Ford, which recently announced plans to spin off its EVs into a new global business unit, plans to add three passenger EVs and four commercial EVs to its European lineup by 2024, and is taking on some partners to help with the process.
Ford plans to invest some $2 billion in its new Cologne Electrification Centre in Cologne, Germany. The investment includes a new battery assembly facility scheduled to start operations in 2024. Ford says EV production at the facility will increase to 1.2 million vehicles over a six-year timeframe.
The first EV to be produced at the Cologne plant will be “a five-seat, medium-sized crossover with a 500 km range.” Ford says it will give the new EV a name, and reveal more details, later in 2022, and expects to begin production in 2023. An electric “sports crossover” will follow in 2024.
In a surprising partnership with the Volkswagen Group, Ford’s two new EVs will be based on VW’s MEB platform. InsideEVs speculates that they will be variants of the VW ID.4 and ID.5 GTX.
Ford’s top-selling passenger vehicle in Europe, the Ford Puma, will be produced in an electric version in Craiova, Romania starting in 2024. Another interesting partnership: the plant will be operated by Ford Otosan, a joint venture between Ford and Turkey’s Koç Holding.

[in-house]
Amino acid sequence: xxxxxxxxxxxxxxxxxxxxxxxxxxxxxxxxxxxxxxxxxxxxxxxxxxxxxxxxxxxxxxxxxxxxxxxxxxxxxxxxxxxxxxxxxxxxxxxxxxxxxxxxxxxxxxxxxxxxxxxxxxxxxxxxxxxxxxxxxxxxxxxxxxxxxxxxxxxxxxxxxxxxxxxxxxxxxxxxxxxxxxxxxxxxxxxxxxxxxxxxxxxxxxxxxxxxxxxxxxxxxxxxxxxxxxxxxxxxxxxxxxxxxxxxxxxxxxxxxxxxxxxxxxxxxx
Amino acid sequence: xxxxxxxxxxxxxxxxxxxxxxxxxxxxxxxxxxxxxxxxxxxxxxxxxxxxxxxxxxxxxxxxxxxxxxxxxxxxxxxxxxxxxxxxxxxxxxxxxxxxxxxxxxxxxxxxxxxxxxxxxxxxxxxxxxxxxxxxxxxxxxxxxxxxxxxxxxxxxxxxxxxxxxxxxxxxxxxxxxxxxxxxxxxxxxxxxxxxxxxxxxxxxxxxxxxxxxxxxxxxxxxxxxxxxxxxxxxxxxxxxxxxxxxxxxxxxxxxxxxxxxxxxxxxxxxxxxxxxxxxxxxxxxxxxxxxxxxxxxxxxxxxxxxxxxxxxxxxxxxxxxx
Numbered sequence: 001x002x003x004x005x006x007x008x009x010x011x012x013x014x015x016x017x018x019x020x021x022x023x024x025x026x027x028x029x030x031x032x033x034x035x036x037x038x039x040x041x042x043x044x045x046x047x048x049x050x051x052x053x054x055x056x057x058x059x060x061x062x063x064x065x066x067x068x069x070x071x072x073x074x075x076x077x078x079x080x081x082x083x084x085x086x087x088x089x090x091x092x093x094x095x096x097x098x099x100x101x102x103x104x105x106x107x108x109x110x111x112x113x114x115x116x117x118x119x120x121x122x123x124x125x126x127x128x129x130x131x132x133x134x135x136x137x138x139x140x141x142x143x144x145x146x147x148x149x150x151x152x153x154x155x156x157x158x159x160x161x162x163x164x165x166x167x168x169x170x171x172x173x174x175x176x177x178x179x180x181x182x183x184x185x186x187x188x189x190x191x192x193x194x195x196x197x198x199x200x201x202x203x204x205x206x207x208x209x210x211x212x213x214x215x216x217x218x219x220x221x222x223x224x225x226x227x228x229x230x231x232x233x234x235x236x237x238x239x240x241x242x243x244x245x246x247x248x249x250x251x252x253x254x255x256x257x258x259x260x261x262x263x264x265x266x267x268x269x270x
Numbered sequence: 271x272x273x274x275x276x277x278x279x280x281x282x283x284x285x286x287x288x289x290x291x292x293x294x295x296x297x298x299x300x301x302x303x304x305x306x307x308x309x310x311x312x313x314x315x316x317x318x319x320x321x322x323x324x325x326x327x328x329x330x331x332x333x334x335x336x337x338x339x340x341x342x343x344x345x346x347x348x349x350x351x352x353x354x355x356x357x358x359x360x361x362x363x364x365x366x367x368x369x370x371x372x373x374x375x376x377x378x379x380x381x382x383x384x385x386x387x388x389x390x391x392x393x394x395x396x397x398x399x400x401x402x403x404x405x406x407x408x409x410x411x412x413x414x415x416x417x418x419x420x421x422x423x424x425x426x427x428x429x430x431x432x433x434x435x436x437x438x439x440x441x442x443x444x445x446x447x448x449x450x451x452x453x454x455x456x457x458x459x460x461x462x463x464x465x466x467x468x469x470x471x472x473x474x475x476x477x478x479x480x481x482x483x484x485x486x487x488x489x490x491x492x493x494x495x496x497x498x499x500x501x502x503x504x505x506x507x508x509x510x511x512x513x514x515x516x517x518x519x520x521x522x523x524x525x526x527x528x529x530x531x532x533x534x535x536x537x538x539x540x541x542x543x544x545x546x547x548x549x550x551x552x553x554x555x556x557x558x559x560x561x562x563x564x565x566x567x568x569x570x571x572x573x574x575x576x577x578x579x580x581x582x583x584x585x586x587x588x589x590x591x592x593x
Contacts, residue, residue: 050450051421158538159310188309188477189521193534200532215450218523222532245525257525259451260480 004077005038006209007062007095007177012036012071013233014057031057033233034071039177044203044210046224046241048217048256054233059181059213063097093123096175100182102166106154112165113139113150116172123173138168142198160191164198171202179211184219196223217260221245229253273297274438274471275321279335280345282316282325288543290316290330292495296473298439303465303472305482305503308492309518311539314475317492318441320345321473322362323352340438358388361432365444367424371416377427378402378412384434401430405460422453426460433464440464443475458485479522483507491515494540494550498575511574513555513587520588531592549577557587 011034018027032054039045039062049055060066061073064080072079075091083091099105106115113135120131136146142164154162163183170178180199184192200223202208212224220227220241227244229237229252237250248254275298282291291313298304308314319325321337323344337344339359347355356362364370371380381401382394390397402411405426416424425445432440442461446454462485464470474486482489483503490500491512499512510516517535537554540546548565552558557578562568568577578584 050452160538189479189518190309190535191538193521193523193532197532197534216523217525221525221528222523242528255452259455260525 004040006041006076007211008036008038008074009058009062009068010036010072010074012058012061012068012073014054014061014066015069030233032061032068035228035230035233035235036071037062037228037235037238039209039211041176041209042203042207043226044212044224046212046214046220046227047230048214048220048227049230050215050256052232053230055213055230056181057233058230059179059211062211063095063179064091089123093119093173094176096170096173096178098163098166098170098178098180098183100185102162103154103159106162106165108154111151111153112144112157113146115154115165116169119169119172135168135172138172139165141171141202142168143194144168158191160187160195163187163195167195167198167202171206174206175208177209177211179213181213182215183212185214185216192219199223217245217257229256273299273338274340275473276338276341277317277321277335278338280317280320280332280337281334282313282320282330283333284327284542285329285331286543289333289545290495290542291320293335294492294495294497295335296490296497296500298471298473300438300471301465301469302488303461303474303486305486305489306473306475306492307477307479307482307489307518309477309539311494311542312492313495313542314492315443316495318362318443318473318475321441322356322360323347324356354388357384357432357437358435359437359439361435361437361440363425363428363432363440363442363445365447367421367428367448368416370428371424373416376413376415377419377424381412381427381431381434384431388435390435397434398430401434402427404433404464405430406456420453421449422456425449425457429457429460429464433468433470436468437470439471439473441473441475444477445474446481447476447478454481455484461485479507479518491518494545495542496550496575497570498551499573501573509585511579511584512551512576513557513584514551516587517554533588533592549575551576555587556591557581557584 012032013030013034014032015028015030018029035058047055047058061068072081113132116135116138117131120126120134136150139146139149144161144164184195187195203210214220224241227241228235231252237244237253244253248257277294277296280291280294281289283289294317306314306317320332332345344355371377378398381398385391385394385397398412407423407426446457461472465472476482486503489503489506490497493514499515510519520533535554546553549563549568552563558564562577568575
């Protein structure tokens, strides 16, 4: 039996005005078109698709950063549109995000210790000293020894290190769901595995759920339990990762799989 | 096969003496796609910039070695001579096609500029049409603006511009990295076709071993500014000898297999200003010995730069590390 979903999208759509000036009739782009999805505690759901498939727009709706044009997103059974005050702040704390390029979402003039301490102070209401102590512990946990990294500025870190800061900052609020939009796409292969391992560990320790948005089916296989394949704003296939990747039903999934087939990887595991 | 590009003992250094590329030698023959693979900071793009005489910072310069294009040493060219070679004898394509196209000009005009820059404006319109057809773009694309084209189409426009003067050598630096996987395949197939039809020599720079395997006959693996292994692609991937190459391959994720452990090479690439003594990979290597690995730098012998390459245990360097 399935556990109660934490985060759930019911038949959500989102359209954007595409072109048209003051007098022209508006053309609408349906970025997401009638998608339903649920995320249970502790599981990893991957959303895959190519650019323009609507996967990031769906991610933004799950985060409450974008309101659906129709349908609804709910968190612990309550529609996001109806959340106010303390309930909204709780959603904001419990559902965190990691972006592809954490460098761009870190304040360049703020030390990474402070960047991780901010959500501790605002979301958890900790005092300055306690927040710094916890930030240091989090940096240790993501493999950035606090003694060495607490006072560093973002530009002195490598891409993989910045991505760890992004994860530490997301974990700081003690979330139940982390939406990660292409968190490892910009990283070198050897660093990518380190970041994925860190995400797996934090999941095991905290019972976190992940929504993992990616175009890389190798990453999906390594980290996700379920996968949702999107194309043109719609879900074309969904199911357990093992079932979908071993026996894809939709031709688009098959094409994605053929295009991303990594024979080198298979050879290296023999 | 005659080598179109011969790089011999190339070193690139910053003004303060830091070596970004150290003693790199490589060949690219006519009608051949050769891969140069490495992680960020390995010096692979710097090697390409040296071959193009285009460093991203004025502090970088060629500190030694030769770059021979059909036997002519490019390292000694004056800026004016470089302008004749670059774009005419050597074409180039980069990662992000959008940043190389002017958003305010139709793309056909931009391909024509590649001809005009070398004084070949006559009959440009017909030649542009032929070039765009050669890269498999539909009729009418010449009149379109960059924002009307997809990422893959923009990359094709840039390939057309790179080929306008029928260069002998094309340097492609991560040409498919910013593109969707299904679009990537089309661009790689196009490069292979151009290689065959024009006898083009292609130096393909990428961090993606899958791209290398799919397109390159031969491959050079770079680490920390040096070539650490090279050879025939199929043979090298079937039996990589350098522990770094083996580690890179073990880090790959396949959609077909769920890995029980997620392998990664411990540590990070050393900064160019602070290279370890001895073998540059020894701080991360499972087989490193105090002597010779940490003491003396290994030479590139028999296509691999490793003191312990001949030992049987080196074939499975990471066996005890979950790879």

On the commercial side, Ford plans to add four new electric models to its Transit lineup: the all-new Transit Custom one-ton van and Tourneo Custom MPV in 2023 (to be produced in Koçaeli, Turkey); and the smaller, next-generation Transit Courier van and Tourneo Courier MPV in 2024 (to be made in Craiova, Romania). Ford will also launch its E-Transit full-size electric van in Europe in the second quarter of 2022.
Ford expects to sell more than 600,000 EVs each year in Europe, and more than 2 million globally, by 2026.
“I am delighted to see the pace of change in Europe—challenging our entire industry to build better, cleaner and more digital vehicles. Ford is all-in and moving fast to meet the demand in Europe and around the globe,” said CEO Jim Farley.